Friday, April 29, 2011

10 simple tips can help you get the most out of "the Word"

This article has been written by Joy T. Bennett (some aspects have been edited)

IT'S 66 BOOKS IN ONE. It contains sweeping epics, riveting love stories, great poetry and deep kernels of wisdom. It's a "whodunit" mystery complete with a surprise ending. It has insight into the great questions of life. It discusses slavery and freedom. It is the alpha and the omega. It is the Bible.

However, reading the Bible might seem intimidating at first for the novice. But it's not just for scholars, pastors and preachers. It's for all people of faith. EBONY magazine asked noted pastors and Bible scholars for a primer, "Bible Reading 101," for those who want to strengthen their spiritual walk by reading what has been called "the Good Book."

1. Set aside a regular time and quiet place that is relatively free from distractions to read the Bible. "Read it every single day," says Pastor Marvin L. Winans of Detroit's Perfecting Church. "The most fascinating is that it's almost like you're reading that happened in daily news."

2. There are different versions of the Bible Several pastors recommend the Contemporary English version for beginners.

3. Approach the Bible with prayer and anticipation. "Expect God to speak through God's Word, if you are a believer," says the Rev. Dr. Jeremiah A. Wright Jr., senior pastor of Chicago's Trinity United Church of Christ. "If you are a critic and a doubter, your reading of the Bible will be nothing more than an intellectual exercise. You will take nothing to the text and you will get nothing from the text!"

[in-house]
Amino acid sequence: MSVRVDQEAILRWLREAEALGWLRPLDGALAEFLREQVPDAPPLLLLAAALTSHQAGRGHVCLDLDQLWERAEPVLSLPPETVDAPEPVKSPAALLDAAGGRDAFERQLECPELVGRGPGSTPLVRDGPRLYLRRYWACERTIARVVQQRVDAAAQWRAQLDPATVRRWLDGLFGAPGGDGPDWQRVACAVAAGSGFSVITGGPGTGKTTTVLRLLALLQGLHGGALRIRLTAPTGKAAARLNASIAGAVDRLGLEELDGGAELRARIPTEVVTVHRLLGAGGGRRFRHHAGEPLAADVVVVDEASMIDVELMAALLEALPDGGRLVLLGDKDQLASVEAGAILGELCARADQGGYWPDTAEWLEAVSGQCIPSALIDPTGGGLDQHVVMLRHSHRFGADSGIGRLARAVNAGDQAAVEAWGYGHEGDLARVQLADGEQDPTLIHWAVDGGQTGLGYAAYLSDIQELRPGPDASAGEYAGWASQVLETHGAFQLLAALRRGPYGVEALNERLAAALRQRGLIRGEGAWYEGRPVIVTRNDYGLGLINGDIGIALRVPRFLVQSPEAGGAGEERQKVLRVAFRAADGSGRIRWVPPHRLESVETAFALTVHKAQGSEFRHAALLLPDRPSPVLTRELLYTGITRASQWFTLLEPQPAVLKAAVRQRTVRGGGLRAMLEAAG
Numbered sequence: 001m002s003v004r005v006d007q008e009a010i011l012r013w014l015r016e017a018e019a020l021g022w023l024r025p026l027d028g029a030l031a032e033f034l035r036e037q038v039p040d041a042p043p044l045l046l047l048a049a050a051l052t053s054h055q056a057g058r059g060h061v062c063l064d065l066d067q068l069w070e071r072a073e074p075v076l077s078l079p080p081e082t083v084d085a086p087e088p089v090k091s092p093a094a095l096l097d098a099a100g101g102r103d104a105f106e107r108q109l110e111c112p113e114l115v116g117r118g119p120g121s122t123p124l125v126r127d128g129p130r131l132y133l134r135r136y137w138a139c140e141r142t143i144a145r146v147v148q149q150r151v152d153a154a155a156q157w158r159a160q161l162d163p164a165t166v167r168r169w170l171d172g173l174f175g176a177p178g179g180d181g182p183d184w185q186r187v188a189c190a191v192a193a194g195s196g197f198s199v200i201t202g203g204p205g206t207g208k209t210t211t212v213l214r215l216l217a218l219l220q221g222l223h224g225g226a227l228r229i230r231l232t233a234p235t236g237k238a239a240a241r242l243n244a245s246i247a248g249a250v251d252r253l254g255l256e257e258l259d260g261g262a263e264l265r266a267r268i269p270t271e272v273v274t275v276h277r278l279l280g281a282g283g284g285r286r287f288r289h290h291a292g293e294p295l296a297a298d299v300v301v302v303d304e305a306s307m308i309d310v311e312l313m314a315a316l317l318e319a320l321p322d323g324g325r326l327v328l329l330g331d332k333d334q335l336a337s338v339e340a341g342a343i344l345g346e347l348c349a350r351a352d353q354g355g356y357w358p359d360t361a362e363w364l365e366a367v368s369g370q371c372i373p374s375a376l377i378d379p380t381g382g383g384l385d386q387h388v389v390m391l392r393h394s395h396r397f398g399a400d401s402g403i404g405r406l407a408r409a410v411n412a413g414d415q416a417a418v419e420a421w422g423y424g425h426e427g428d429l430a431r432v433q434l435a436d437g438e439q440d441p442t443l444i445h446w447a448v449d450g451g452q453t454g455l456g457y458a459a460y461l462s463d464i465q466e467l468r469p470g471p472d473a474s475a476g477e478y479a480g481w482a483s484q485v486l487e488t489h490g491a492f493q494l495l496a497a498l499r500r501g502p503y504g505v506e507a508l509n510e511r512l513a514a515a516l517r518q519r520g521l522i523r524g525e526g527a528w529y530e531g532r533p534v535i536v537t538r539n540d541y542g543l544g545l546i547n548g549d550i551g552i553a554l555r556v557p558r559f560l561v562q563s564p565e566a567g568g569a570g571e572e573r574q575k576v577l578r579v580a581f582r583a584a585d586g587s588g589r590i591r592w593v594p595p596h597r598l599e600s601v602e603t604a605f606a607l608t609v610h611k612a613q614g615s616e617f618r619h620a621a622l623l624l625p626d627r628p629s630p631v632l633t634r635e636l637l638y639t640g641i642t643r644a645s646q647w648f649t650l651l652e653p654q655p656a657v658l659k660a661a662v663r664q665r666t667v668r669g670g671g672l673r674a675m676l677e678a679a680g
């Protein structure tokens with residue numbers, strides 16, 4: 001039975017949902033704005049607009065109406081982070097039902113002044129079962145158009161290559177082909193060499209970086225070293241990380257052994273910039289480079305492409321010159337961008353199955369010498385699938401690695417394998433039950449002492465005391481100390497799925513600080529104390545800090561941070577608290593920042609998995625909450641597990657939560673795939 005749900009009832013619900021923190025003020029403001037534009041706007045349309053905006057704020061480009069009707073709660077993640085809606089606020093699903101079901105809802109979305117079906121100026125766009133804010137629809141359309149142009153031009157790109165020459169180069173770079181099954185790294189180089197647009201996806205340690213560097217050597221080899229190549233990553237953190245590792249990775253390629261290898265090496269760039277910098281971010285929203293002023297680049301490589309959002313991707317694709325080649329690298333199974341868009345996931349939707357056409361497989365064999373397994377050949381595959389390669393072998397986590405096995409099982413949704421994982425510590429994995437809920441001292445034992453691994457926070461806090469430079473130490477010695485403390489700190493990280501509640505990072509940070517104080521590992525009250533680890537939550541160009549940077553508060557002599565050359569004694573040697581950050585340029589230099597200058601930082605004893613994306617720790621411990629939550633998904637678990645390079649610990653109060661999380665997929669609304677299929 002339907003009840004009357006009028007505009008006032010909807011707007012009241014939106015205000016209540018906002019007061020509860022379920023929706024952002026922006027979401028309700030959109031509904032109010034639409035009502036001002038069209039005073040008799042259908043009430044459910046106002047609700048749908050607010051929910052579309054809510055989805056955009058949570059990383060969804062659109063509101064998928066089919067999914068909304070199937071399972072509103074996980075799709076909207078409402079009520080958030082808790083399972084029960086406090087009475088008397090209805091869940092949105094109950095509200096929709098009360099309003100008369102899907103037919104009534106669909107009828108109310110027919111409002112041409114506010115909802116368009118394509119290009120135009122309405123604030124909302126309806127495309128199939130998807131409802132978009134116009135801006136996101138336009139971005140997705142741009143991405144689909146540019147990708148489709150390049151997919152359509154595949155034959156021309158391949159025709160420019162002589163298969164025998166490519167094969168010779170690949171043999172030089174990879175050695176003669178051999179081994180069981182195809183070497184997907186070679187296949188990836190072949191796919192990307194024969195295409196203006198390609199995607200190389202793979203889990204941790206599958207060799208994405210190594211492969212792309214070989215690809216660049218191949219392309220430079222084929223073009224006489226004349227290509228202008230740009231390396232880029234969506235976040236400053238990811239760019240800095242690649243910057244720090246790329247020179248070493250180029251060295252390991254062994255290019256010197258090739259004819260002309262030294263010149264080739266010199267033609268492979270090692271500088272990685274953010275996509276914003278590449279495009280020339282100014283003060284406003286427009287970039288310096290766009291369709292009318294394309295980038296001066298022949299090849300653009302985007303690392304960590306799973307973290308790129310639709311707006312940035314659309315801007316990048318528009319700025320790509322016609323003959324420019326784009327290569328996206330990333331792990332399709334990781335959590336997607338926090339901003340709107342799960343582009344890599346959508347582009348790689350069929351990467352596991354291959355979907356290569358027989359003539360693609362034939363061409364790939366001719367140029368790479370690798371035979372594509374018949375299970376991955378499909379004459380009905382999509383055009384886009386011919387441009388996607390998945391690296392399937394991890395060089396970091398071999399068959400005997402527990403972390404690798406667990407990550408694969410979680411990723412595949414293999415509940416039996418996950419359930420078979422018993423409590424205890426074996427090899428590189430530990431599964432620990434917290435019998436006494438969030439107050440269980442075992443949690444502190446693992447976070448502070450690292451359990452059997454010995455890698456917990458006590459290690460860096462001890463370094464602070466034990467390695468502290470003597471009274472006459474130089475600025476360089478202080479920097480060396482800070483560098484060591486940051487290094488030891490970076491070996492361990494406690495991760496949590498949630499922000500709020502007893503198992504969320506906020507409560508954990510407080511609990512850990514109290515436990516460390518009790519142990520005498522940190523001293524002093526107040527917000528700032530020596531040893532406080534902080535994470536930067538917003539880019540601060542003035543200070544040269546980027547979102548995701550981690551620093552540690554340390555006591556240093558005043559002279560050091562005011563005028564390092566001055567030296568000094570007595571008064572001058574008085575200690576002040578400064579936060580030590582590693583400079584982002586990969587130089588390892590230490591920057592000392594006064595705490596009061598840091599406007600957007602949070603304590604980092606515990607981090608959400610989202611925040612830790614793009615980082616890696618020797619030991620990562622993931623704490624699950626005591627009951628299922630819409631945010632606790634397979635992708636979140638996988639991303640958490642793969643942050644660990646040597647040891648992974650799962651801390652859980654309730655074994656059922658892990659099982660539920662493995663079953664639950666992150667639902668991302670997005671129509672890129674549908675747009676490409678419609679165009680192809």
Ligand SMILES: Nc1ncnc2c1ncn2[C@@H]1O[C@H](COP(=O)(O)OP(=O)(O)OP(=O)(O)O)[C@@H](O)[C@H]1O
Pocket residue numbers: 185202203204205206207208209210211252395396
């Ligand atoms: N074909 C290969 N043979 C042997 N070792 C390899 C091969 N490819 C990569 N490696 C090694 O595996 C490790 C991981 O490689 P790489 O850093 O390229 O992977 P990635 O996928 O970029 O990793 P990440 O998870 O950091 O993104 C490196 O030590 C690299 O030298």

4. Find a Bible friend with whom you can discuss and share your readings.

5. Don't be afraid to underline or highlight passages in the Bible. Keep a pen and notebook, and write down things you discover and questions that arise.

6. Always ask the "W" questions! Ask who, what, when, where and why. "The reader needs to understand who wrote the Book, what the Book is saying, why the Book was written, when the Book was written and where the Book intended to go," Wright says. "The Book of Revelation, for instance, was addressed to Christians under persecution in the 1st and 2nd centuries--Christians under Roman persecution. It was not addressed to the exiles of the Babylonian Diaspora. Those two events are separated by 600 years!"

7. Join an Bible study group. "The Word of God is best understood in the context of a Christian community," says the Rev. Dr. Suzan (Dr. Sujay) Johnson Cook, founder and senior pastor of New York City's Bronx Christian Fellowship Church. "Unite with a church, even if it's only to attend its Bible study group. Many churches welcome new persons into their Bible study," she says.

8. Several pastors suggest that beginning Bible readers start with the Gospels of Matthew, Mark, Luke and John because those books tell the story of Jesus Christ in a narrative or story form. These books are found in the New Testament. Elder Cathy W. Moffitt, president and founder of Heartfelt International Ministries in Ft. Worth, Texas, particularly recommends St. John's gospel because, "This particular book offers helpful insight into the life and walk of Jesus Christ."

9. There are also several reference books designed to enhance Bible study. The most common ones are concordances, Bible dictionaries and commentaries, and these references can be found in any bookstore as well as online.

10, Sign up to have daily Bible verses or other inspirational messages sent to your computer, a friend of Kylie's writes Daily or use our "Kick-start your bible reading" eCourse FREE at

No comments:

Post a Comment